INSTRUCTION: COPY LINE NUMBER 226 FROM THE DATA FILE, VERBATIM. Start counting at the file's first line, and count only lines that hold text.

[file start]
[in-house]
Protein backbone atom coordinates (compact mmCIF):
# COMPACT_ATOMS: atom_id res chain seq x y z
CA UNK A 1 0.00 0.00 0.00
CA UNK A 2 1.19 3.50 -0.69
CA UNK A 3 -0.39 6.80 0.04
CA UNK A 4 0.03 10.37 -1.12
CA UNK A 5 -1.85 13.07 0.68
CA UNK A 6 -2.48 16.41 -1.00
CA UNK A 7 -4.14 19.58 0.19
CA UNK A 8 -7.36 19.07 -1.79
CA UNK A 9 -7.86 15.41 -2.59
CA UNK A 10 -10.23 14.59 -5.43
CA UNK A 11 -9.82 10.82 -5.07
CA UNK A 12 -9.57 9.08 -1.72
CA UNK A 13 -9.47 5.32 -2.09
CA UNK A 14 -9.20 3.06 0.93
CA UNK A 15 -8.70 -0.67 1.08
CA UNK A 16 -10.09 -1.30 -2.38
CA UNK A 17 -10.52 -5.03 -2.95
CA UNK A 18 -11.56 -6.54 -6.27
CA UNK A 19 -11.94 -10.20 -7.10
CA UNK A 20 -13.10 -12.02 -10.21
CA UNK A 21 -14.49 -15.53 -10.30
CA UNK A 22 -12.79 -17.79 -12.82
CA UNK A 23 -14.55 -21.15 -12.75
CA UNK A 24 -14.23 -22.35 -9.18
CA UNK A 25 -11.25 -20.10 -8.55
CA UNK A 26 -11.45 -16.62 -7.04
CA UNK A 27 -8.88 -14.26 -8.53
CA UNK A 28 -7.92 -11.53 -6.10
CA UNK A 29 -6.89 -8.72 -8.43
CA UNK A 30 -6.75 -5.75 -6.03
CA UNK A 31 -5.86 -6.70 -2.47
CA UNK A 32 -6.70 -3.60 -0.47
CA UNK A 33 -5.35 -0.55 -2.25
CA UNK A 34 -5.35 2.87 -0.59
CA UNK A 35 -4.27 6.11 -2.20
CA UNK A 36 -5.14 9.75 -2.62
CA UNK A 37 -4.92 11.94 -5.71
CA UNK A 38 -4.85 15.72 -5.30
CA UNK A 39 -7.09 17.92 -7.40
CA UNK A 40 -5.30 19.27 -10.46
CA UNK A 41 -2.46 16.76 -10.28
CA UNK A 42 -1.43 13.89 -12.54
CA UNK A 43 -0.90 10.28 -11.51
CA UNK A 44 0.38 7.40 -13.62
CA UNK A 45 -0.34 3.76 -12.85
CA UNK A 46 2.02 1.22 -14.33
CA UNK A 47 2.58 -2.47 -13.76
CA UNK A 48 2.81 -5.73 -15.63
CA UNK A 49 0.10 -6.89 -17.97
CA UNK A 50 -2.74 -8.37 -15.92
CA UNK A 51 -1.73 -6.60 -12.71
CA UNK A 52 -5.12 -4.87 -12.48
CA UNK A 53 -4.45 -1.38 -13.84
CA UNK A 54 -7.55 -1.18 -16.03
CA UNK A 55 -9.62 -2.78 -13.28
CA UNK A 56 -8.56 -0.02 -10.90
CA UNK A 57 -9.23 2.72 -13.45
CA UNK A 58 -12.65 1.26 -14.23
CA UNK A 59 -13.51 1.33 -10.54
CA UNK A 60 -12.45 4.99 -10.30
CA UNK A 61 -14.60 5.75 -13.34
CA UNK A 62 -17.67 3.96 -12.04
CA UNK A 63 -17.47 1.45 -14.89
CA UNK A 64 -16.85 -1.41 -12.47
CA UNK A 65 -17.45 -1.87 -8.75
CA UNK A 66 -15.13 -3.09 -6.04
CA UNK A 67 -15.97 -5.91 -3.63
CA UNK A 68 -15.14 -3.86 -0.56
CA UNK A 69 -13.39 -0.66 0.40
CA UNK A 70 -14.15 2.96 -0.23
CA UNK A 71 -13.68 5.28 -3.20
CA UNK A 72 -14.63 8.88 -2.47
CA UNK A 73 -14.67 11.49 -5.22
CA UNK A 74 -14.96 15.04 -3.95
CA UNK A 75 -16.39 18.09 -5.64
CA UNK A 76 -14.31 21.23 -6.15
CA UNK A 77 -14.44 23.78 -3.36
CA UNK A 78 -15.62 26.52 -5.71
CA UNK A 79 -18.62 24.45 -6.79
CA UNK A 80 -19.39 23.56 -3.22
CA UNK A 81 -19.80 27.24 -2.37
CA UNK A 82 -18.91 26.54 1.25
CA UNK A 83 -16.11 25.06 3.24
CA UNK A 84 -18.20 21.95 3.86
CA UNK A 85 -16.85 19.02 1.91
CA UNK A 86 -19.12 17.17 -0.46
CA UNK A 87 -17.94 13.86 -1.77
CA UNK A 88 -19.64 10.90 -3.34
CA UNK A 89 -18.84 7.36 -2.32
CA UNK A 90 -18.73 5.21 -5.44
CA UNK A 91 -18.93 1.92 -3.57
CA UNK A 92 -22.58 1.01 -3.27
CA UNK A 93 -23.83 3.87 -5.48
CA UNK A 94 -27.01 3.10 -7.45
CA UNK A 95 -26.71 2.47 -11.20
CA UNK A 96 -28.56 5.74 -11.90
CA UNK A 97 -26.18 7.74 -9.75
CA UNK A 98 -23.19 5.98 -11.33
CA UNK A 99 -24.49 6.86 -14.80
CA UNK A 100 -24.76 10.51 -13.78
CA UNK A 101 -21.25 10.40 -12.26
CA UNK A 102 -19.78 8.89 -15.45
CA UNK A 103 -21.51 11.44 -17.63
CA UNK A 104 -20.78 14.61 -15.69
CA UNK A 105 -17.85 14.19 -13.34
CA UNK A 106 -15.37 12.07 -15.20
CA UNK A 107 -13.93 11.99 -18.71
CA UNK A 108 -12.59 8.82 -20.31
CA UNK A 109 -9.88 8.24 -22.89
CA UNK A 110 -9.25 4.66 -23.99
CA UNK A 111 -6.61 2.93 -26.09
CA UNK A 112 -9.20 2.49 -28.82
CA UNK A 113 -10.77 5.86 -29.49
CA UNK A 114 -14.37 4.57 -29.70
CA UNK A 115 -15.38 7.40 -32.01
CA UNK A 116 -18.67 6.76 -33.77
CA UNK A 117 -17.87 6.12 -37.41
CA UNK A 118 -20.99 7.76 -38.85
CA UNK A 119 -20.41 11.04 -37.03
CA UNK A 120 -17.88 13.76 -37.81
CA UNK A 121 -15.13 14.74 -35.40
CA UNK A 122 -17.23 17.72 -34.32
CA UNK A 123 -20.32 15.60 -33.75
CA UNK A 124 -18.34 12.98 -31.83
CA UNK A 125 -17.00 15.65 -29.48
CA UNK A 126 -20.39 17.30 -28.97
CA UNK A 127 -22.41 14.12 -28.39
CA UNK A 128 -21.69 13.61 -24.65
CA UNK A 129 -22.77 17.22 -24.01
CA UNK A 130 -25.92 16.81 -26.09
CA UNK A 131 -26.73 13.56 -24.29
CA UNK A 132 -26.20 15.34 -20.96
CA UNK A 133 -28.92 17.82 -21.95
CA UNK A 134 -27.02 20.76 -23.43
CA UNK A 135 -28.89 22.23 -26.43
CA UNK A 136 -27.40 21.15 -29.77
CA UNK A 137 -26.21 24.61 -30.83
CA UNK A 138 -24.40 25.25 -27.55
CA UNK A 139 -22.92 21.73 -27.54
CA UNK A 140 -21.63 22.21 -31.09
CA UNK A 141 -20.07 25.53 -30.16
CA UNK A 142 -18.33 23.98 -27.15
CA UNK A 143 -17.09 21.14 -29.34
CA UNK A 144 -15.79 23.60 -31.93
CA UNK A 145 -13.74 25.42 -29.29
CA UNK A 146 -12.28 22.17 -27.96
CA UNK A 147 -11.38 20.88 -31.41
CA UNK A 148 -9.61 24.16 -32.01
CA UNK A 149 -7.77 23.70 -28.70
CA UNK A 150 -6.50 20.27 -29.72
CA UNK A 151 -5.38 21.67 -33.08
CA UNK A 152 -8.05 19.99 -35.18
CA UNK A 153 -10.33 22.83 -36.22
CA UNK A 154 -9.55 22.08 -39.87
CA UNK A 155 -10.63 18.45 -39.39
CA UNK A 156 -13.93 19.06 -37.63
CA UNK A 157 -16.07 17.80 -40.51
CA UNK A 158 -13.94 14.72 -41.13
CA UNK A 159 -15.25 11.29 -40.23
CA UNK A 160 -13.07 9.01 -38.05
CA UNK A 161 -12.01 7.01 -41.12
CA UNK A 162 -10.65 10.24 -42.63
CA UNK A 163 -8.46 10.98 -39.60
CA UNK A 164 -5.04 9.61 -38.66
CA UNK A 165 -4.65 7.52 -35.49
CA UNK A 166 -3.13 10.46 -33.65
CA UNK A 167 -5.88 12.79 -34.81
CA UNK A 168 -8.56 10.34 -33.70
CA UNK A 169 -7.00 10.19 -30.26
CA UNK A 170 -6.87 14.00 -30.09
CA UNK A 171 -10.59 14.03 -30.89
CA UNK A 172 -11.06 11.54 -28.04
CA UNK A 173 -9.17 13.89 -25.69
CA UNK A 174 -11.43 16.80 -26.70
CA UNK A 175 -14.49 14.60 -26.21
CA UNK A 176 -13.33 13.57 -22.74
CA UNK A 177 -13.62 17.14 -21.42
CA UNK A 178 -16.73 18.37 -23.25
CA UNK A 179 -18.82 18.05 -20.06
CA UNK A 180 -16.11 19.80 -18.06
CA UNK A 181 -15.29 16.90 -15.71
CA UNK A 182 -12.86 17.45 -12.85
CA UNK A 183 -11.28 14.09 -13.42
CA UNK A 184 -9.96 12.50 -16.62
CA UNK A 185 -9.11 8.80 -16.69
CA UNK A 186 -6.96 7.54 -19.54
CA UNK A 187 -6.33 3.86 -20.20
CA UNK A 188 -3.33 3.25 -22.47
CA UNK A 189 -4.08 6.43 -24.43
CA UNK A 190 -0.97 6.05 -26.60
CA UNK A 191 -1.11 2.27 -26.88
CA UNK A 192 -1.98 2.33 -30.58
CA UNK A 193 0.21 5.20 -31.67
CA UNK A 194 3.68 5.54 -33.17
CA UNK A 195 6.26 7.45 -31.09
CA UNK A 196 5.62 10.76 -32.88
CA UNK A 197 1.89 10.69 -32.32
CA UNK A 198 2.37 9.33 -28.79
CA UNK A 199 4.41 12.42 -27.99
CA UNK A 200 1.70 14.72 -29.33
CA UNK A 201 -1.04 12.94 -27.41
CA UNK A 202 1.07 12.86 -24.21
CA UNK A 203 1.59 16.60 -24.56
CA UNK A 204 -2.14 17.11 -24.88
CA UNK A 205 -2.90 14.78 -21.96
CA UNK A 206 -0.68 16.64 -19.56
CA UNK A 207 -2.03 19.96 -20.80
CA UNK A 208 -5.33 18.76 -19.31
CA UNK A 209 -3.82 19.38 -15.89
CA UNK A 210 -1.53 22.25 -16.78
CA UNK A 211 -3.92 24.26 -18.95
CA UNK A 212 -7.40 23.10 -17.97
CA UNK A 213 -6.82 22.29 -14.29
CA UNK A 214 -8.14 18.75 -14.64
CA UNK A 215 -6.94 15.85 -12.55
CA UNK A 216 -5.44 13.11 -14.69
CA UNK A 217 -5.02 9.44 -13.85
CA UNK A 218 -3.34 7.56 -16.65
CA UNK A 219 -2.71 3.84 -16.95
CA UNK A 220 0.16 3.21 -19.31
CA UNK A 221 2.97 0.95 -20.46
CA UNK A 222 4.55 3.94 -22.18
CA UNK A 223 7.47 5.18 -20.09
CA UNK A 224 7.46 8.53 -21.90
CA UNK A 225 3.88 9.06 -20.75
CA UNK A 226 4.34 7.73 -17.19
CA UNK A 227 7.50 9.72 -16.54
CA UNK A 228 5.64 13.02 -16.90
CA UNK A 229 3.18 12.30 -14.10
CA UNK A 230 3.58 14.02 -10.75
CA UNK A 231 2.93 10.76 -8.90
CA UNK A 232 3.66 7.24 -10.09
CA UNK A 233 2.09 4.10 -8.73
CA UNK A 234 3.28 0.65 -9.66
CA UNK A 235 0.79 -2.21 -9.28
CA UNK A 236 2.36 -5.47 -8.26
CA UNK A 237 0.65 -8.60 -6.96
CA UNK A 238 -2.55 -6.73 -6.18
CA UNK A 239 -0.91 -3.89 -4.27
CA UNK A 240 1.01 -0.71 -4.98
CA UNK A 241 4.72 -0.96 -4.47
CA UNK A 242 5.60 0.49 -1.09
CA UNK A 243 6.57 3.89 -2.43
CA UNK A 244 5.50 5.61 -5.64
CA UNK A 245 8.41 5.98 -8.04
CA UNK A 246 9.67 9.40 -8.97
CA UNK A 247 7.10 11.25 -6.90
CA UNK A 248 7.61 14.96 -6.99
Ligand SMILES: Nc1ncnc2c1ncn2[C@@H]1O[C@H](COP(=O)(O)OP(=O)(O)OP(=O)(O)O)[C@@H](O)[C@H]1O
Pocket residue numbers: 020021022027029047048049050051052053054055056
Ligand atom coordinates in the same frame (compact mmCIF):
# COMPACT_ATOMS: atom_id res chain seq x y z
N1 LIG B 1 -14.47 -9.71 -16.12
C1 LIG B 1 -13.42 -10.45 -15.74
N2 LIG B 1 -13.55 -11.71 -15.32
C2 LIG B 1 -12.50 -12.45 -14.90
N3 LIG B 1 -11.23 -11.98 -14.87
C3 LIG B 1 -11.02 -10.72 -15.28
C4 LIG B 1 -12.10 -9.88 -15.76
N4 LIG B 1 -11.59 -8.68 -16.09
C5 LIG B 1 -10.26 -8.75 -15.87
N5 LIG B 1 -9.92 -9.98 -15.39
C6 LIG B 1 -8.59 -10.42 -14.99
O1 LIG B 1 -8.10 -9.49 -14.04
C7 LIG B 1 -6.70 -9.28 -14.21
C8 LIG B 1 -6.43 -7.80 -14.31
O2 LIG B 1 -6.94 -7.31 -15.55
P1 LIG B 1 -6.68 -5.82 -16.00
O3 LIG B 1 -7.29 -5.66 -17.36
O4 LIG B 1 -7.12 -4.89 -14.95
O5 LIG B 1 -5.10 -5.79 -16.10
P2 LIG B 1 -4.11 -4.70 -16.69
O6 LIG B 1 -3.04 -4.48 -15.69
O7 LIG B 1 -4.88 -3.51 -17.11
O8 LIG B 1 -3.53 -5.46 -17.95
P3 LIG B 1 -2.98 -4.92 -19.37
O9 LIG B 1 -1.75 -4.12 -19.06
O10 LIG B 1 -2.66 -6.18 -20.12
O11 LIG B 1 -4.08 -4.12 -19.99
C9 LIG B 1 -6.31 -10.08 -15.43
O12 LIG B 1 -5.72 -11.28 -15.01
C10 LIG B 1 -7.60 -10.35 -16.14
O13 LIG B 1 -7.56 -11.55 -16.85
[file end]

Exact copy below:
CA UNK A 223 7.47 5.18 -20.09